The best advice I received as a second-time mum

The best advice I received as a second-time mum

Being a second time mum can feel just as isolating as the first time; there’s more to do, more chaos, less sleep, more mental load.

You might be feeling the exhaustion more this time around, with your energy split over a busy toddler and newborn.

You might be feeling emotionally stretched finding the time for meaningful connection with your first born.

You might be feeling like the help and support time around has slowed down as society assumes ‘you’ve got this’ because you’ve done it before.

You might have had your first baby during COVID, and mourn the loss that first-time experience that you missed out on.

You might not know where to go to find mums who know exactly what you’re going through right now.

You might be worried about how your eldest is adjusting to not having you all to themselves.

There will be tough days. There will be tears (theirs and yours). You’ll question yourself and your choices. But amongst all the challenges, there will be immense love.

Just remember this:

- This is the first-time you’ve been a second-time mum. You’ve never done this before, and you’re doing the best you can.

- There is no limit to your love. Your time might be split, but your love doesn’t halve.

- Every experience of postpartum is different, and even though you have been through it before, it is ok to ask for help and be learning as you go.

Our second-time mums community share some of the most valuable advice they were given: 


Here is some advice from our community that helped during the transition from one to two:

+ Special time: Try to find at least 15 minutes of special time to spend with your first born each day, ideally if/when your baby is happily down rather than in the carrier. Baby wearing is by far the easiest option for a hand free nap, but if you can sneak in even 10 minutes time feels more special for the older child if they have undivided attention.

+ Greeting your first born before the first meeting with the baby. The connection with you first reassures the older child that they are still important. This advice helped make a smooth first meeting.

+ Have the baby in a neutral position during the first meeting, such as on a bed or in a crib. This gives comfort to the older child.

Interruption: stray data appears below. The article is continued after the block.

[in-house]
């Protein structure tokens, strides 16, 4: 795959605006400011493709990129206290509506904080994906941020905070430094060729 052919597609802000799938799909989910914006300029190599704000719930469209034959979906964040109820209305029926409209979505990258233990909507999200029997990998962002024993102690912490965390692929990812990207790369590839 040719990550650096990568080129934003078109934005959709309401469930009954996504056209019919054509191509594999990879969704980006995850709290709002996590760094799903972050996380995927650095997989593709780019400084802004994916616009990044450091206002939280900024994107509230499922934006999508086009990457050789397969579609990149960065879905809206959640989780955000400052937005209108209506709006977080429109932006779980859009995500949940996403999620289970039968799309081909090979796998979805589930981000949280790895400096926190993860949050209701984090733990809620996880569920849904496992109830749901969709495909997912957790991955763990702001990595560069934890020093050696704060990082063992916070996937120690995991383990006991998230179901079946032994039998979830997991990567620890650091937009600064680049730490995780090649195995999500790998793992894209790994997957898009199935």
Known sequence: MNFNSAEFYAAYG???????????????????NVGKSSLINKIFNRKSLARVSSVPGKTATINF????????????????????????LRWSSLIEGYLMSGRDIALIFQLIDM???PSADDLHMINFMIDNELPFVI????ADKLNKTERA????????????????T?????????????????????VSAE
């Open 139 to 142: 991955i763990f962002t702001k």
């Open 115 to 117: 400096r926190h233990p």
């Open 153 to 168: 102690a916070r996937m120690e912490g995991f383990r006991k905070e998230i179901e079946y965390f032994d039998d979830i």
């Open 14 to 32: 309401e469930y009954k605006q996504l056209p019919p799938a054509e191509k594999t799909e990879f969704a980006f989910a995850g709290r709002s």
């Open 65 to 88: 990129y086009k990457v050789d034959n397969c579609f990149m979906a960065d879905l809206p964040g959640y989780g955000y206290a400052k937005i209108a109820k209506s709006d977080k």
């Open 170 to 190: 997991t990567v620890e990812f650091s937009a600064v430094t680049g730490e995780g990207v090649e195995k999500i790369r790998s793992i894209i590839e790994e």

+ Don't blame the baby: instead of "I can't, I'm feeding the baby" try something like "I'd love to play with you in a few minutes. Want to read a book together first." This breaks the association with being unavailable with the baby.

+ Make the baby wait if you're with toddler, if it is safe to do so. As long as you know baby is safe, say out loud 'just a moment baby, I'm finishing up with your big brother / sister and I’ll be with you' so that toddler knows that they come first when they need to, and even though they sometimes have to wait, so does the new sibling

+ Narrating their relationship eg. 'see how well your sister can jump? One day you'll be able to do that too. He likes watching you do that, you're so good at it" etc.

Our second-time mothers groups are here to support you; a 10-week course filled with guest speakers to guide you through each week of your postpartum journey, with a focus on sleep, feeding, nutrition, recovery, self-care, relationships and navigating the new you - all over again.

← Older Post Newer Post →


The benefits of attending a baby music class near me

The benefits of attending a baby music class near me

Once you've made it through early postpartum you might feel ready to join a Mother's Group, Play Group or Baby Music Classes for the sense of community and social interaction...

Read more
The benefits of joining a second time Mothers Group

The benefits of joining a second time Mothers Group

Navigating postpartum for the second, third or fourth time comes with it's own set of challenges. It's ok if you are finding it hard, still...

Read more